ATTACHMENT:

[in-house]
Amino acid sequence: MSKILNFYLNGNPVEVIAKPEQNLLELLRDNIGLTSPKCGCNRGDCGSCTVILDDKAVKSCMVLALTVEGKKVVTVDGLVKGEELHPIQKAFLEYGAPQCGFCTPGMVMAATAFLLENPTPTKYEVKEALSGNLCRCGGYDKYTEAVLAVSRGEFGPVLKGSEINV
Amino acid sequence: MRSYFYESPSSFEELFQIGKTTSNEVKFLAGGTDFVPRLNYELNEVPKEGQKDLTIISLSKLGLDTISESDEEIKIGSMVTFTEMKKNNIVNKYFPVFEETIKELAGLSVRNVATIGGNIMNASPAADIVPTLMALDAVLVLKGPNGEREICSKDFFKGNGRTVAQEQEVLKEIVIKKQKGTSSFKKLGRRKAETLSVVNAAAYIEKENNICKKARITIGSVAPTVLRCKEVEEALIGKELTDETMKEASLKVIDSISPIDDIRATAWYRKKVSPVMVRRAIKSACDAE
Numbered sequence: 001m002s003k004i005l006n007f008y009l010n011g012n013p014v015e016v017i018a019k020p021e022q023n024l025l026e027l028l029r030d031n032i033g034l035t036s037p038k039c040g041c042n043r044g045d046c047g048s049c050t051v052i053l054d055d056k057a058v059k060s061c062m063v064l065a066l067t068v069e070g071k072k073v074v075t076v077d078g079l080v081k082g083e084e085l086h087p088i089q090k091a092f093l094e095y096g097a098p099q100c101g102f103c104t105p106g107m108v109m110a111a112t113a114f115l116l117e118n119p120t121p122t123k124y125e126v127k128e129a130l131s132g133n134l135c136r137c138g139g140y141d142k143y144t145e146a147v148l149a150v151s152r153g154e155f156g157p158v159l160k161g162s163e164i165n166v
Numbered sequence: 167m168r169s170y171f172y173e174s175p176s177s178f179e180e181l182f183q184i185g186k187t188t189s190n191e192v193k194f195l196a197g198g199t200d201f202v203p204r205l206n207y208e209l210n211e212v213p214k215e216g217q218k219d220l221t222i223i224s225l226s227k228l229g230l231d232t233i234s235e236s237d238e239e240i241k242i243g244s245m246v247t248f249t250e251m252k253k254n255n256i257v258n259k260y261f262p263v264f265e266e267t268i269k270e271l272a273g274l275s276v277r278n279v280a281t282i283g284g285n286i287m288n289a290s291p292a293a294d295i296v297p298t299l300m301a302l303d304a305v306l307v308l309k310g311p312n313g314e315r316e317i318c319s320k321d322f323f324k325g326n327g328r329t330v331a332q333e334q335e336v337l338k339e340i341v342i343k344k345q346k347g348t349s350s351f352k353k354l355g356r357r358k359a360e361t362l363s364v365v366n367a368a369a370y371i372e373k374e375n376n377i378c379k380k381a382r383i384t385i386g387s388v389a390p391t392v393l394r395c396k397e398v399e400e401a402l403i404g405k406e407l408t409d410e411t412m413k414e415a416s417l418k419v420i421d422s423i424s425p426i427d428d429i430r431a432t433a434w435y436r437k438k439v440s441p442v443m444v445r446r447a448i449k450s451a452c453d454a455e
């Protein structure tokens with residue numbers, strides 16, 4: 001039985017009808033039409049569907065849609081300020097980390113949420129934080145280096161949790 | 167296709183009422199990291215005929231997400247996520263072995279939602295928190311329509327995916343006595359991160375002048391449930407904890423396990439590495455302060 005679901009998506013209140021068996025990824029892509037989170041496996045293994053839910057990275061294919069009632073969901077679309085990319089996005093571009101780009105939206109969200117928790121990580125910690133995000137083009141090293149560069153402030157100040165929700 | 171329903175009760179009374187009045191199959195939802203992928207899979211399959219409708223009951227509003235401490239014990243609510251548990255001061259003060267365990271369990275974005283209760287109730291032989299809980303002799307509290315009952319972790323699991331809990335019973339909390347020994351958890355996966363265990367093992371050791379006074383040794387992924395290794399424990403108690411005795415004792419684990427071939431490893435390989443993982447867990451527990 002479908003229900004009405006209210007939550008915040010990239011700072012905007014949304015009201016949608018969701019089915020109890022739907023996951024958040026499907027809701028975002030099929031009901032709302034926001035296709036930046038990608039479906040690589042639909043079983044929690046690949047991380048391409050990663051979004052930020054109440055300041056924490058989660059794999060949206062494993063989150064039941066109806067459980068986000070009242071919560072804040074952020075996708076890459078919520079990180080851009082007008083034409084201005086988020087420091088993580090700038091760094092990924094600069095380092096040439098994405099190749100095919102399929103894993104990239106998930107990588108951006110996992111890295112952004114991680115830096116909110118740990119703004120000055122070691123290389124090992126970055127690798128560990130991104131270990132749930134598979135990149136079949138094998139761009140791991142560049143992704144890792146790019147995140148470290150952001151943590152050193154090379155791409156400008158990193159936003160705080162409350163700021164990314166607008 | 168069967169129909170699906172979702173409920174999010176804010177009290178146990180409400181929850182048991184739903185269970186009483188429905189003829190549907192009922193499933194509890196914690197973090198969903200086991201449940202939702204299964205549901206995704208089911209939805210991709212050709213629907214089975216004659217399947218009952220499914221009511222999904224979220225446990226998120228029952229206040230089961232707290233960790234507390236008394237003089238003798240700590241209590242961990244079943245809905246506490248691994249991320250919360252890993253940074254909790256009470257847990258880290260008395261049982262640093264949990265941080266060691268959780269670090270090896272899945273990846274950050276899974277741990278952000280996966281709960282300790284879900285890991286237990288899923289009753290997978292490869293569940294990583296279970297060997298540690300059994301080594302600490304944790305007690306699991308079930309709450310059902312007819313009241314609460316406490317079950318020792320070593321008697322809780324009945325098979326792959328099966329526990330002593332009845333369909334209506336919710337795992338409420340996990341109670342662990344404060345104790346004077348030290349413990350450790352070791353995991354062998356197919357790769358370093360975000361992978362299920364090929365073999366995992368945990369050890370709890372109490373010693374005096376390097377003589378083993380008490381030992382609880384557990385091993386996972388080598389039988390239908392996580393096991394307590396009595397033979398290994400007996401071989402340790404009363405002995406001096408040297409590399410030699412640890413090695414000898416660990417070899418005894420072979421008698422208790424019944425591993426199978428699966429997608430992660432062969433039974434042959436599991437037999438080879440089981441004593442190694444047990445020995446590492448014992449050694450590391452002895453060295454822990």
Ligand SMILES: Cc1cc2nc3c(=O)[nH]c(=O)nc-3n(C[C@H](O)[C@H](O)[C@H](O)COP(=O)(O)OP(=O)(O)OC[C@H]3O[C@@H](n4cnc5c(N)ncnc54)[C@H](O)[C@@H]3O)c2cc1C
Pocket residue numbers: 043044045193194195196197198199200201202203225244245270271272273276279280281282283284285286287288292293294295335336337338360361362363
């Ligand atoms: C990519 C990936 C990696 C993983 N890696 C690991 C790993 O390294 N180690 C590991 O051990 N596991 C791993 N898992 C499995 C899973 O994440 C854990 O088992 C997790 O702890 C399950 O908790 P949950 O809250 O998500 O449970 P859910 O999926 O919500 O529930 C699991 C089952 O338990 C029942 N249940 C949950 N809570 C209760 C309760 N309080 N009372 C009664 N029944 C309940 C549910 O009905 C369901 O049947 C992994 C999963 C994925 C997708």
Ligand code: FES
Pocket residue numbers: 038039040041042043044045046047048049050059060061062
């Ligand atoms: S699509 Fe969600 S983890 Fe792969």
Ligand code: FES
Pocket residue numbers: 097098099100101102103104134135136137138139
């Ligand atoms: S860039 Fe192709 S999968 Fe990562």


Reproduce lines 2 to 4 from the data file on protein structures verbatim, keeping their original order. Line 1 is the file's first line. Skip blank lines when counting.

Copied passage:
Amino acid sequence: MSKILNFYLNGNPVEVIAKPEQNLLELLRDNIGLTSPKCGCNRGDCGSCTVILDDKAVKSCMVLALTVEGKKVVTVDGLVKGEELHPIQKAFLEYGAPQCGFCTPGMVMAATAFLLENPTPTKYEVKEALSGNLCRCGGYDKYTEAVLAVSRGEFGPVLKGSEINV
Amino acid sequence: MRSYFYESPSSFEELFQIGKTTSNEVKFLAGGTDFVPRLNYELNEVPKEGQKDLTIISLSKLGLDTISESDEEIKIGSMVTFTEMKKNNIVNKYFPVFEETIKELAGLSVRNVATIGGNIMNASPAADIVPTLMALDAVLVLKGPNGEREICSKDFFKGNGRTVAQEQEVLKEIVIKKQKGTSSFKKLGRRKAETLSVVNAAAYIEKENNICKKARITIGSVAPTVLRCKEVEEALIGKELTDETMKEASLKVIDSISPIDDIRATAWYRKKVSPVMVRRAIKSACDAE
Numbered sequence: 001m002s003k004i005l006n007f008y009l010n011g012n013p014v015e016v017i018a019k020p021e022q023n024l025l026e027l028l029r030d031n032i033g034l035t036s037p038k039c040g041c042n043r044g045d046c047g048s049c050t051v052i053l054d055d056k057a058v059k060s061c062m063v064l065a066l067t068v069e070g071k072k073v074v075t076v077d078g079l080v081k082g083e084e085l086h087p088i089q090k091a092f093l094e095y096g097a098p099q100c101g102f103c104t105p106g107m108v109m110a111a112t113a114f115l116l117e118n119p120t121p122t123k124y125e126v127k128e129a130l131s132g133n134l135c136r137c138g139g140y141d142k143y144t145e146a147v148l149a150v151s152r153g154e155f156g157p158v159l160k161g162s163e164i165n166v